P&L Check

Commerzbank has to protect its home turf

08 05 2018 Frankfurt DEU Hauptversammlung der Commerzbank AG in der Messehalle Martin Zielke Vo
Commerzbank boss Martin Zielke should keep his eye on the ball. Source: Imago

The takeover speculation has been so constant that Commerzbank executives are pretty darn tired of talking about it. “It’s not my job to look into crystal balls,” CEO Martin Zielke said recently, adding that, in any case, consolidation doesn’t heal all wounds.

Germany’s second-largest bank has been linked to a variety of foreign suitors over the past year, ranging from Unicredit to UBS to Deutsche Bank. One reason is that the German government, which acquired 15 percent in exchange for a bailout in 2009, is looking to sell. Whoever buys in will get a bank that is relatively stable: Non-performing loans have been cut and its core capital ratio — a measure of financial health — has climbed to 14.1 percent. After a decade of woes, “there’s light at the end of the tunnel,” Wolfgang Aleff, who represents smaller investors, said at the annual shareholders meeting Tuesday.

Even so, Mr. Zielke might want to direct his crystal ball to another problem lurking around the corner: The prospect of Brexit is prompting many Anglo-Saxon banks to shift resources from London to Frankfurt. Many of them will be looking to muscle in on Commerzbank’s home turf.

It's a crowded field. Germany has more small retail banks than any other developed country.

That home turf chiefly involves lending to small and medium-sized German businesses, known here as the Mittelstand. This is where Commerzbank shines, supplying about a third of all export financing. Considering Germany has the world’s largest trade surplus, that’s a fairly big market to dominate. And demand is growing. Corporate lending rose 5.2 percent in 2017, an “unusually good” year according to the state-backed KfW bank.

Critics argue that Commerzbank has taken its eye off the prize: A controversial restructuring has seen its “Mittelstandsbank” fused with its investment banking unit. Some employees fear this has muddied the waters, causing it to lose focus on the small-business clients that are the bank’s backbone. It doesn’t help confidence that Michael Reuther, who heads the new division, was previously head of investment, not corporate, banking.

The numbers suggest Commerzbank’s edge is shrinking. Revenue in its corporate and investment banking division fell 10 percent to €4 billion last year. Profits slumped even further, down 37 percent to €809 million. Considering the bank earned just €156 million in total net income last year (the lion’s share of earnings went towards an ongoing restructuring), a drop in profits in its biggest money-making division is a serious problem.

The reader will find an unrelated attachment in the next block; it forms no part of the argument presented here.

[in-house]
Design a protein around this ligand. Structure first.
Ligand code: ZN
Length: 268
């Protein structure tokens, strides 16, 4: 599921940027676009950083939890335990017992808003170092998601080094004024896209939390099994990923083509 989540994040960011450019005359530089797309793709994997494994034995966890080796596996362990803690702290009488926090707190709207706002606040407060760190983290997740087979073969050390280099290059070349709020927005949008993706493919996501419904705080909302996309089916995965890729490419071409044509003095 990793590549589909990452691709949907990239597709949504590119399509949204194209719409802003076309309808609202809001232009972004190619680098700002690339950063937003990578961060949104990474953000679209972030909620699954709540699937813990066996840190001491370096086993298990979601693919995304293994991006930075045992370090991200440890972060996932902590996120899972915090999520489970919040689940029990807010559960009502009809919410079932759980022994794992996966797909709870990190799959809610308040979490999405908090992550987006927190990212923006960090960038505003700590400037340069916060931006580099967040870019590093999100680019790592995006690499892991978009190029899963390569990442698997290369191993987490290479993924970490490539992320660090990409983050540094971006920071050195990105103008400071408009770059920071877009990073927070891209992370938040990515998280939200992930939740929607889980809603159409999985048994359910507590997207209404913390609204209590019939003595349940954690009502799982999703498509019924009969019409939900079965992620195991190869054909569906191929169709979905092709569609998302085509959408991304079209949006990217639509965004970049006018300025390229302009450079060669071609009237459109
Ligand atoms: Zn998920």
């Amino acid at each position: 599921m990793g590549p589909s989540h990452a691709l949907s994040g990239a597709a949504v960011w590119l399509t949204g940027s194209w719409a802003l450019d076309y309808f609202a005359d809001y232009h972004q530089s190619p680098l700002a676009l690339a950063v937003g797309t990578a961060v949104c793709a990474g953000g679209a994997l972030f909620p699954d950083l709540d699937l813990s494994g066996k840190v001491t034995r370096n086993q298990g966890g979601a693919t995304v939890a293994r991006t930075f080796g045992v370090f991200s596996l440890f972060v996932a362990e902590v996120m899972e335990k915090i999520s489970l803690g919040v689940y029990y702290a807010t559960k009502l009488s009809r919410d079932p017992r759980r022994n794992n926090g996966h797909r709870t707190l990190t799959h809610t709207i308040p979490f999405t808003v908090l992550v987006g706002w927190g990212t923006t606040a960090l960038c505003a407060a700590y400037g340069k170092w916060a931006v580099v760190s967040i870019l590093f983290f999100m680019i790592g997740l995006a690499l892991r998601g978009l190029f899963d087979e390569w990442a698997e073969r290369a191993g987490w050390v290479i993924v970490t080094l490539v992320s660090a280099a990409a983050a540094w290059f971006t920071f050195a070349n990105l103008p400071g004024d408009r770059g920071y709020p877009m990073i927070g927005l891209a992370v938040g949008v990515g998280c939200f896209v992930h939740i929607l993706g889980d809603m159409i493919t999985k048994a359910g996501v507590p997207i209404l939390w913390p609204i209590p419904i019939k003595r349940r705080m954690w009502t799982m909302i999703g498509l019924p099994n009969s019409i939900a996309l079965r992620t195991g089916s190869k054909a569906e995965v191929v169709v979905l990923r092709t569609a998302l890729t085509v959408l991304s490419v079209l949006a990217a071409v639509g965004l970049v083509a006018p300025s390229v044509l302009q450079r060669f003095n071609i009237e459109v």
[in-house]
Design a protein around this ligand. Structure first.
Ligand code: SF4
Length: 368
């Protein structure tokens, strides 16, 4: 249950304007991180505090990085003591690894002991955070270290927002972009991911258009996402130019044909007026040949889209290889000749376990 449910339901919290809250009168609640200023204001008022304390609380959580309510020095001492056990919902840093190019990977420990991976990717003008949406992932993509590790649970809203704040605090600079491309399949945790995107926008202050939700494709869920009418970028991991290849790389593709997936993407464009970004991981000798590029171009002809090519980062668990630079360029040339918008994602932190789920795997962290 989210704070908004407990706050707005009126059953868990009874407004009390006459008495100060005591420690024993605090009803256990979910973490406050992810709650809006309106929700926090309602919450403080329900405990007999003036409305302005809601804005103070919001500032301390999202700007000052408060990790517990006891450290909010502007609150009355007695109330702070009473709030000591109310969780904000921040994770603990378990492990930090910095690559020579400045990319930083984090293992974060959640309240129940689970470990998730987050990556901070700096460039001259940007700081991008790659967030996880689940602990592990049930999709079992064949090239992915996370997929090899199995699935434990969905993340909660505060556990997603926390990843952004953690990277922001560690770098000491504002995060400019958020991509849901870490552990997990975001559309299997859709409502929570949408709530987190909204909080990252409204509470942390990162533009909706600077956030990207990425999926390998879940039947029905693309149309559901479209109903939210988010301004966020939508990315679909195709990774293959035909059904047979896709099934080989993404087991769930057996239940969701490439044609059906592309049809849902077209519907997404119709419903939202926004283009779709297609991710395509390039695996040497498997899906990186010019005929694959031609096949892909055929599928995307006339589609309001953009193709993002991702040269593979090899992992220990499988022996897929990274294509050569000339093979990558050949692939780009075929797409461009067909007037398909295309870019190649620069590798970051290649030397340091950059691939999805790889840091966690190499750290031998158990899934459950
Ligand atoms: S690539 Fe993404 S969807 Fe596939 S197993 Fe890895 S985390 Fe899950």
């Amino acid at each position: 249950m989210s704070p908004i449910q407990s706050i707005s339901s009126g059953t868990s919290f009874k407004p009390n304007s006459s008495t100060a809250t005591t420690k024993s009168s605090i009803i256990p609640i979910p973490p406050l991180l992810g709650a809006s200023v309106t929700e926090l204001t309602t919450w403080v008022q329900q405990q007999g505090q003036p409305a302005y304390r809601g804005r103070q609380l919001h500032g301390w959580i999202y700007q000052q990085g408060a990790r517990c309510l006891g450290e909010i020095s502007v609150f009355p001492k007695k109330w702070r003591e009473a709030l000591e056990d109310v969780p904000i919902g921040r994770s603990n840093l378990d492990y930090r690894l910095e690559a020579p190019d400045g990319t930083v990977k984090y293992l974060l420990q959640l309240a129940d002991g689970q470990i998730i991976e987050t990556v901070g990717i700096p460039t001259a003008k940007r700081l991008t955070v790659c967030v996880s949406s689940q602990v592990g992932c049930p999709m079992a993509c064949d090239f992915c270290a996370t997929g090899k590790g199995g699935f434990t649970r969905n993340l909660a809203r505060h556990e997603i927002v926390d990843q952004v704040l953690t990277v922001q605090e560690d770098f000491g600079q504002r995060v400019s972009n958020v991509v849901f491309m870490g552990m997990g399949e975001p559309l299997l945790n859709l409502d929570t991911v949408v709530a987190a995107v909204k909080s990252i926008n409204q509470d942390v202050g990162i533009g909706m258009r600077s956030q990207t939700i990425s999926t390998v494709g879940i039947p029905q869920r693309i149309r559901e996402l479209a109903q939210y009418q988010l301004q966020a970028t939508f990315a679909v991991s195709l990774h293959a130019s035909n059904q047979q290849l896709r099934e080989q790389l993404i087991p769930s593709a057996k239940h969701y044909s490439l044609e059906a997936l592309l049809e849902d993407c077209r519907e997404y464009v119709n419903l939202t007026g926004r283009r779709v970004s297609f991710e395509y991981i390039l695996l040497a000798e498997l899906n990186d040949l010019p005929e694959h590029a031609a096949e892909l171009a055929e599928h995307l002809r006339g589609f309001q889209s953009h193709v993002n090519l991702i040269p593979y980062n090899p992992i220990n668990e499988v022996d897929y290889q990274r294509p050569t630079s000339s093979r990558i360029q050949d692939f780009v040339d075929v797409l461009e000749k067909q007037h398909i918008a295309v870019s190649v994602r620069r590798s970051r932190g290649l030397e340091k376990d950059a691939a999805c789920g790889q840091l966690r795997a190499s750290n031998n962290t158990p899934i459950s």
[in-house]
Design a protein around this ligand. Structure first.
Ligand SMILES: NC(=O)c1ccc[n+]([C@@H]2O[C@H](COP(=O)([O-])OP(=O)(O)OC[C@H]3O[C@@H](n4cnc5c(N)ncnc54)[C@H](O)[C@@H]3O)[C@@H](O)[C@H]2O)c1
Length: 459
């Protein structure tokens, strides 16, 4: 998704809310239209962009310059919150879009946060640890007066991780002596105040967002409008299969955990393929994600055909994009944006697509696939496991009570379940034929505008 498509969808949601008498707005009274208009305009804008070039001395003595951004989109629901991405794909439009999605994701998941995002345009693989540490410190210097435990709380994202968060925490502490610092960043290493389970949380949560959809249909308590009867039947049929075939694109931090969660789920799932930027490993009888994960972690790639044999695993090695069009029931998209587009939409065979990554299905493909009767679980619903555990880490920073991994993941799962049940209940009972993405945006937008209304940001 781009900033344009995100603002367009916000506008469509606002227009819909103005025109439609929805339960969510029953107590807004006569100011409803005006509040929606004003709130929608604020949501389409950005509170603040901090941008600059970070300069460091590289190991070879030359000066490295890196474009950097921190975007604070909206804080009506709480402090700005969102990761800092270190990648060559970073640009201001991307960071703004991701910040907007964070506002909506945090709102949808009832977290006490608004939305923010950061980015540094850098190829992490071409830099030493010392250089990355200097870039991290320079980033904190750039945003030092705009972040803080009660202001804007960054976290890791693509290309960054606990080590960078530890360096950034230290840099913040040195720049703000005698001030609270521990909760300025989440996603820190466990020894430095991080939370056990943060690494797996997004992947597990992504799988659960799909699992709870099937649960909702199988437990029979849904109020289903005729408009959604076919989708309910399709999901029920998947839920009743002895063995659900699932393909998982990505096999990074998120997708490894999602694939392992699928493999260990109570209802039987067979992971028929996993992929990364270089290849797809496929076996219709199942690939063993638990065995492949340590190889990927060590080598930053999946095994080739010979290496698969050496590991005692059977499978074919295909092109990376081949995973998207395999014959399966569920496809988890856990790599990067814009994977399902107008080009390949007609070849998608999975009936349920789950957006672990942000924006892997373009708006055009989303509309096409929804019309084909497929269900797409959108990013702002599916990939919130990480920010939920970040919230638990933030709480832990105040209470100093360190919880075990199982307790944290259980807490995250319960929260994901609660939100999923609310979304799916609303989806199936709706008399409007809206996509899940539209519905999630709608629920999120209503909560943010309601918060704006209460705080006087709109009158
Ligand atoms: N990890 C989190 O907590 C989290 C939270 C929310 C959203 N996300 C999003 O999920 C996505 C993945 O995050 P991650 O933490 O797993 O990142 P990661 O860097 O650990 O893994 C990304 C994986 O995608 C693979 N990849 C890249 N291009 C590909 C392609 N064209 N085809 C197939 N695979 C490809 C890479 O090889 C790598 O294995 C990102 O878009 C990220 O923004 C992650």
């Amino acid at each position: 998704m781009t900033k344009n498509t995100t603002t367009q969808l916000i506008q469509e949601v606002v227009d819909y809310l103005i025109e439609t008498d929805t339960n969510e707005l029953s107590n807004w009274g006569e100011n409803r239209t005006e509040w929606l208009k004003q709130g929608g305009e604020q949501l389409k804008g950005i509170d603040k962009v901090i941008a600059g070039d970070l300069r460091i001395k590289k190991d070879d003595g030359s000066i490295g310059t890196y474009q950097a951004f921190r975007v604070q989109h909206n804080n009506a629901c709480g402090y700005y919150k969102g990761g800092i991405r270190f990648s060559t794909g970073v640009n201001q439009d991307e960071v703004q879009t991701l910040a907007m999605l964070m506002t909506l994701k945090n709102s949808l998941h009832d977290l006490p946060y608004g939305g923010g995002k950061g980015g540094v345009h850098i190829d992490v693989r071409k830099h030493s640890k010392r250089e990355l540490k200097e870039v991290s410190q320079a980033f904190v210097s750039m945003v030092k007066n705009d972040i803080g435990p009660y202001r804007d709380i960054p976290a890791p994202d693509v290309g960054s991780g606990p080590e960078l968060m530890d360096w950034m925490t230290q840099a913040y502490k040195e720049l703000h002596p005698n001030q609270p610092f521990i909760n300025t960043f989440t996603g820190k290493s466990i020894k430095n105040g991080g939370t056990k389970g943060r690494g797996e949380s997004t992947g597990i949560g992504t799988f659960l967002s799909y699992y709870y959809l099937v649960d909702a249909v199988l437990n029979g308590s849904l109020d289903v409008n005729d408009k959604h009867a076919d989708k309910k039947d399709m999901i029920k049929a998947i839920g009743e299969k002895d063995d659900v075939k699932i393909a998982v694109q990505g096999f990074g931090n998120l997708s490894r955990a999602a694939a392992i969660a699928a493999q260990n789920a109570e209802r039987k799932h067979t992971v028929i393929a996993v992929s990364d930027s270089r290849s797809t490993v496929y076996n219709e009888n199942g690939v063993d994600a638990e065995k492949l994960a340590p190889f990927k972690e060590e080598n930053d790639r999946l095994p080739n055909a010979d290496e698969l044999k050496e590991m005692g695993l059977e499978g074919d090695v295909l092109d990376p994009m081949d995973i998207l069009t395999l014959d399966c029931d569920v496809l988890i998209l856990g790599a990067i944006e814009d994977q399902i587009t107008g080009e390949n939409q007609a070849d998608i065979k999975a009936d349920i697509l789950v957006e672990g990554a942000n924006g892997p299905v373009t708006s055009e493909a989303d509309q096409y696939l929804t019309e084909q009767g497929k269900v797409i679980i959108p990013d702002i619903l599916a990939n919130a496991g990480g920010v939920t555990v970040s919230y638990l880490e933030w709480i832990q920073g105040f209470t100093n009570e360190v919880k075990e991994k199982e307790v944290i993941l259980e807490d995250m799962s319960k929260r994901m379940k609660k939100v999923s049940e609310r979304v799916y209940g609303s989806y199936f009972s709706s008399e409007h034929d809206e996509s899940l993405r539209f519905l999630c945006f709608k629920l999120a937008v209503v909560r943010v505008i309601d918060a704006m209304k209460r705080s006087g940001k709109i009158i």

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There’s a variety of reasons for the decline, but one of them is no doubt heightened competition. While demand for corporate loans is rising, the German central bank says lenders across Germany have continued improving their lending terms (thereby reducing their profit margins) to stay competitive. Commerzbank has responded with a new marketing campaign and set a goal of targeting small businesses with annual revenues of up to €100 million. But it’s a problem that is only likely to get worse as foreign banks increase their presence in Frankfurt over the coming years.

The bank is hoping to make up the difference by expanding its retail banking arm. It set a goal of winning 2 million new customers by 2020. It has done reasonably well so far, adding 639,000 since the target was announced in the fall of 2016. But this, too, is a crowded field. Germany has more small retail banks than any other developed country, while Commerzbank’s chief rival, Deutsche Bank, is also looking to end its Wall Street adventures and return to its German roots.

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If Commerzbank really wants to fend off foreign competition, it will have to become more efficient. That has been the message from Stephen Feinberg, head of Cerberus, which became one of its biggest shareholders last year. Lax controls have cost the bank fines from regulators, while its cost-income ratio actually increased 1.8 points to 77.3 percent in 2017 (even its online bank Comdirect has a ratio of 75 percent). This is despite the restructuring process, which is set to be completed by the end of the year.

Like many lenders in Germany, Commerzbank likes to blame the low-interest rate policies of the European Central Bank for depressing its margins. Its cost-income ratio should fall to 60 percent as interest rates normalize, the bank predicts. But the fact is other German banks have been far better at controlling costs under the same conditions (see graphic above).

Mr. Zielke dismisses the charge: To grow your customer base, you have to spend as well as save, he says. At the bank’s annual shareholders’ meeting on Tuesday, he placated investors by promising a dividend in 2018, which would be just the second payout since the German government’s intervention during the financial crisis. But if foreign banks, operating from a lower cost base, start aggressively going after Commerzbank’s customers, Mr. Zielke will start to wish he had looked into that crystal ball much sooner.

Andreas Kröner is a financial correspondent with Handelsblatt based in Frankfurt. Christopher Cermak adapted this story for Handelsblatt Global. To contact the author: kroener@handelsblatt.com

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